CORPUS CHRISTI _ A federal judge has given a big boost to Texas’ anti-SLAPP statute by granting a South Texas television station’s motion to dismiss and applying the state law in federal court for the first time.
The state law adopted in 2011 was designed to thwart malicious or frivolous lawsuits that aim to chill free speech, known as strategic lawsuits against public participation, or SLAPP lawsuits.
U.S. District Judge Nelva Gonzales Ramos dismissed a challenge to the anti-SLAPP statute and the argument that it was a procedural rule that conflicted with federal rules. Ramos held that the statute creates a significant substantive First Amendment right and should be applied in federal court.
KVOA Communications, Inc. d/b/a KRIS Communications, represented by Haynes and Boone, LLP, was sued for running a series of reports about a school district’s investigation into a high school teacher-coach for inappropriate behavior with a student. The investigation uncovered more than a decade of allegations against the teacher, who had been allowed to move among school districts and keep his license to teach. The teacher sued the television station and requested more than $4 million in damages, but the judge dismissed the lawsuit.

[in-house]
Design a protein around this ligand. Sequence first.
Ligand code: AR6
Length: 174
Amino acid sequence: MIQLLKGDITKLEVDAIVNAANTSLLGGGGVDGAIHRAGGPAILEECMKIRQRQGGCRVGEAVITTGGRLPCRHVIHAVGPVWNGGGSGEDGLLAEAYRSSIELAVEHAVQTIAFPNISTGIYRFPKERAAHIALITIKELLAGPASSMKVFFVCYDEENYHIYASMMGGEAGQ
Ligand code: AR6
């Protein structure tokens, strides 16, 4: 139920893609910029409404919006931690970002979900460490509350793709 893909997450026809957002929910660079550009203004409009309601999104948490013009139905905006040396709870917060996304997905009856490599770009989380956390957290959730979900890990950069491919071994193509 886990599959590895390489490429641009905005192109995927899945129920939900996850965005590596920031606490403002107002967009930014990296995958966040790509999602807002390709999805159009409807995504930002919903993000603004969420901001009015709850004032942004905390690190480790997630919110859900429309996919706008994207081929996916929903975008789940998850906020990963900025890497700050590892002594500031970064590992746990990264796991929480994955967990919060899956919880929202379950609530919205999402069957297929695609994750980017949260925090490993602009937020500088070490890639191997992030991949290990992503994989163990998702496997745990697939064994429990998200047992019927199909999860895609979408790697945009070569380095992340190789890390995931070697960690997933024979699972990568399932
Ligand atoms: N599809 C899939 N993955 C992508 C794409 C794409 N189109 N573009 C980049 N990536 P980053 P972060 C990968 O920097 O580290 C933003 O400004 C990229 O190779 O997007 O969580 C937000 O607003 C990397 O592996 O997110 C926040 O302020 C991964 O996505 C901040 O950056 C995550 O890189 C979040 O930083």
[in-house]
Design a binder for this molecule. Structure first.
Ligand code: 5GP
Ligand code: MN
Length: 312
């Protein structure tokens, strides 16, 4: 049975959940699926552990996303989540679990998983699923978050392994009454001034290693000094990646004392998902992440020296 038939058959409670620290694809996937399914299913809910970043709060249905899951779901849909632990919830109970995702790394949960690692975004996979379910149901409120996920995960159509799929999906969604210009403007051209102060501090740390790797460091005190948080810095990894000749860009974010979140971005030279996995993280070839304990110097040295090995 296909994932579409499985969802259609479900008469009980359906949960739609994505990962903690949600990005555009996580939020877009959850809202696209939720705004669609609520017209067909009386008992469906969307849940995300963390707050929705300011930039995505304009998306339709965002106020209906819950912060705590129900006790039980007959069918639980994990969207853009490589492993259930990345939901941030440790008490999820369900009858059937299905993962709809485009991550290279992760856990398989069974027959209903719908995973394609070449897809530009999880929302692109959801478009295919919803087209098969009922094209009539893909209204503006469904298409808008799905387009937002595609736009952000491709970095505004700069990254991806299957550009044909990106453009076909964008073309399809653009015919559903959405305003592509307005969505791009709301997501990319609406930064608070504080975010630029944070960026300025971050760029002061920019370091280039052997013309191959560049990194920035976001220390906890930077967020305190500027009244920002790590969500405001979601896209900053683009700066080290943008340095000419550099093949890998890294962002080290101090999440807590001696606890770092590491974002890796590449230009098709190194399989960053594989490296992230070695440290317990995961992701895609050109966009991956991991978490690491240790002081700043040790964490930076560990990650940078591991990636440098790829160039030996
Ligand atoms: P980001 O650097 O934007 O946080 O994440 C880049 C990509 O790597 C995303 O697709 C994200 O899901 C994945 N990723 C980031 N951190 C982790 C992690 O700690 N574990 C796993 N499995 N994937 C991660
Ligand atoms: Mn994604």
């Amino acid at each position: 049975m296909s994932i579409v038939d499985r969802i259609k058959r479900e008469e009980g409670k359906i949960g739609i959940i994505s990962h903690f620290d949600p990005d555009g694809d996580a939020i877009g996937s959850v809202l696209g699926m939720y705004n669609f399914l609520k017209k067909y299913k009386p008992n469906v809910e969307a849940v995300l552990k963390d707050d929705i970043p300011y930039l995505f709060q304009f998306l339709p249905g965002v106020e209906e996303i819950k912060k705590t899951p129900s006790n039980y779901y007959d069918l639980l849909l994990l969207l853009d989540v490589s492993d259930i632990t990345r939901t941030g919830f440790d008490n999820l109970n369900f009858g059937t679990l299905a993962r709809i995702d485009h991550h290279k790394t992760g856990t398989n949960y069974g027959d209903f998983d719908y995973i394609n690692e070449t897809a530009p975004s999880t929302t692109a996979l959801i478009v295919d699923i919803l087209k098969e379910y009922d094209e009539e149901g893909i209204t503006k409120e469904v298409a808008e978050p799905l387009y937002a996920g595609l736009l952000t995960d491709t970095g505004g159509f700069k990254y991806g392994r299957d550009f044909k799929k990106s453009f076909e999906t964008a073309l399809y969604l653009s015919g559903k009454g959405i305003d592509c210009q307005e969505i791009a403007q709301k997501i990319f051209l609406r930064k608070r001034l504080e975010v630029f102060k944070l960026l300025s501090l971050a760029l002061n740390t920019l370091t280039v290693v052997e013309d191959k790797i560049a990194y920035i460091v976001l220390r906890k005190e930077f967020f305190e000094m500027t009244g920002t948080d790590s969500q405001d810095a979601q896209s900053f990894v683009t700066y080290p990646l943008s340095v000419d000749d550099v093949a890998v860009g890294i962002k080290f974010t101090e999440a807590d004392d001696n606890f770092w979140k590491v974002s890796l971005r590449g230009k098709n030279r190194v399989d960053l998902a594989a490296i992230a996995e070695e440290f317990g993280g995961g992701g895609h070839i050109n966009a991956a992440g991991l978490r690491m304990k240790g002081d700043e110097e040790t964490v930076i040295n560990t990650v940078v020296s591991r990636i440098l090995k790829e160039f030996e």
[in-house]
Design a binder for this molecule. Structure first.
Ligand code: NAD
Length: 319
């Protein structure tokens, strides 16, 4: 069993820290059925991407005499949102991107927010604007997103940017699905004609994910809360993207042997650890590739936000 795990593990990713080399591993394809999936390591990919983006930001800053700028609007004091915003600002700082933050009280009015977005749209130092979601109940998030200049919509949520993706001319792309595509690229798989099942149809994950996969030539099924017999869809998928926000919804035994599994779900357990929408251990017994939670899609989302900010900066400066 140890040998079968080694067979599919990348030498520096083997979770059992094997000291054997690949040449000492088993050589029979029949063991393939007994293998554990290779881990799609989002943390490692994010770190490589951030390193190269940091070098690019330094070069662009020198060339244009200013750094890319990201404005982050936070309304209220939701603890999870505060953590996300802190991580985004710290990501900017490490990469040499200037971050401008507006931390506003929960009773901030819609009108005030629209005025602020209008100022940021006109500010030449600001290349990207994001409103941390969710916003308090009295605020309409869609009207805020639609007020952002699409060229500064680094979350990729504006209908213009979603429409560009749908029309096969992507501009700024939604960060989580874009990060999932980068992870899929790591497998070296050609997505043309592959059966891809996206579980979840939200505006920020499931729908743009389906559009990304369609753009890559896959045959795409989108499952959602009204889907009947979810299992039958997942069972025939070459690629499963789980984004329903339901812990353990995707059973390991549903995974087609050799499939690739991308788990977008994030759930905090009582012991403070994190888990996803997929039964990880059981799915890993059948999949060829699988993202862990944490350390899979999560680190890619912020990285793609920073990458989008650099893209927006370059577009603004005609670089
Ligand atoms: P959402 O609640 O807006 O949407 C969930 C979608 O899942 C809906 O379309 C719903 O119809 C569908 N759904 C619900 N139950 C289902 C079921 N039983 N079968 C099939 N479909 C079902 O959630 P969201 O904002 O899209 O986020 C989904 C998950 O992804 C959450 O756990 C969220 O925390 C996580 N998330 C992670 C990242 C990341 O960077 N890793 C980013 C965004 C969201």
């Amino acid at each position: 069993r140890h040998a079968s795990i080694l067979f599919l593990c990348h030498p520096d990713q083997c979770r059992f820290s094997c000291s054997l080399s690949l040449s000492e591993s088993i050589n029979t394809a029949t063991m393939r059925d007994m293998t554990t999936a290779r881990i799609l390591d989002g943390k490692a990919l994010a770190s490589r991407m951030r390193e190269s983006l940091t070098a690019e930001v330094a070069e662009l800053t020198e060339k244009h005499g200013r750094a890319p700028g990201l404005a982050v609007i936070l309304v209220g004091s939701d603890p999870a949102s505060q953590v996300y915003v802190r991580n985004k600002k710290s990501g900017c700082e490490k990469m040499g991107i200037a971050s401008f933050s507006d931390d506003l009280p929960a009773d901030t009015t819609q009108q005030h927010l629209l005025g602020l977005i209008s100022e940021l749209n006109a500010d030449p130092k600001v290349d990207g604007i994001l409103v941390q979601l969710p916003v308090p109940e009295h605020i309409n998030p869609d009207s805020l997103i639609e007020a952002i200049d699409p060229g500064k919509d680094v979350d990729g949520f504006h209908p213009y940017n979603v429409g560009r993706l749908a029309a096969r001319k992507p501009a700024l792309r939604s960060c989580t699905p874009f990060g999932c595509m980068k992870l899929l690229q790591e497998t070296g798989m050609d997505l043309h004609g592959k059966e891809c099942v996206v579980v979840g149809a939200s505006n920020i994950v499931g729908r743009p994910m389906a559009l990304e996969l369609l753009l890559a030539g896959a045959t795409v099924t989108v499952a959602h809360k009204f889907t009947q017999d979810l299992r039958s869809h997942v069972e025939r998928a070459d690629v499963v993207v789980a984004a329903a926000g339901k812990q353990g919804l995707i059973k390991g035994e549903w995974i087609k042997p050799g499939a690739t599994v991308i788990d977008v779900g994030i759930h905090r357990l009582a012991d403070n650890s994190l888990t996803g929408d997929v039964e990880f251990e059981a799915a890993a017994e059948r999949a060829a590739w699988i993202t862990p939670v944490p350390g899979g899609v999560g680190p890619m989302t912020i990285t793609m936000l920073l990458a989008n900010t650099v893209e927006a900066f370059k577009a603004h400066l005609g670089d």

“We are gratified that this case continues the validation of our state’s anti-SLAPP statute,” said Haynes and Boone partner Laura Lee Prather, a defense team leader who also led the way in writing the law. “The free flow of information in matters of vital public interest should not be silenced through misuse of our court system. We are proud of the work done by our client, KRIS Communications, and encouraged by the company’s vindication through the legal system.”
Prather is a board member and former president of the Freedom of Information Foundation of Texas. Other Haynes and Boone defense team members included partner Tom Williams, the vice president of the FOI Foundation of Texas; counsel Catherine L. Robb; and associate Alicia Calzada.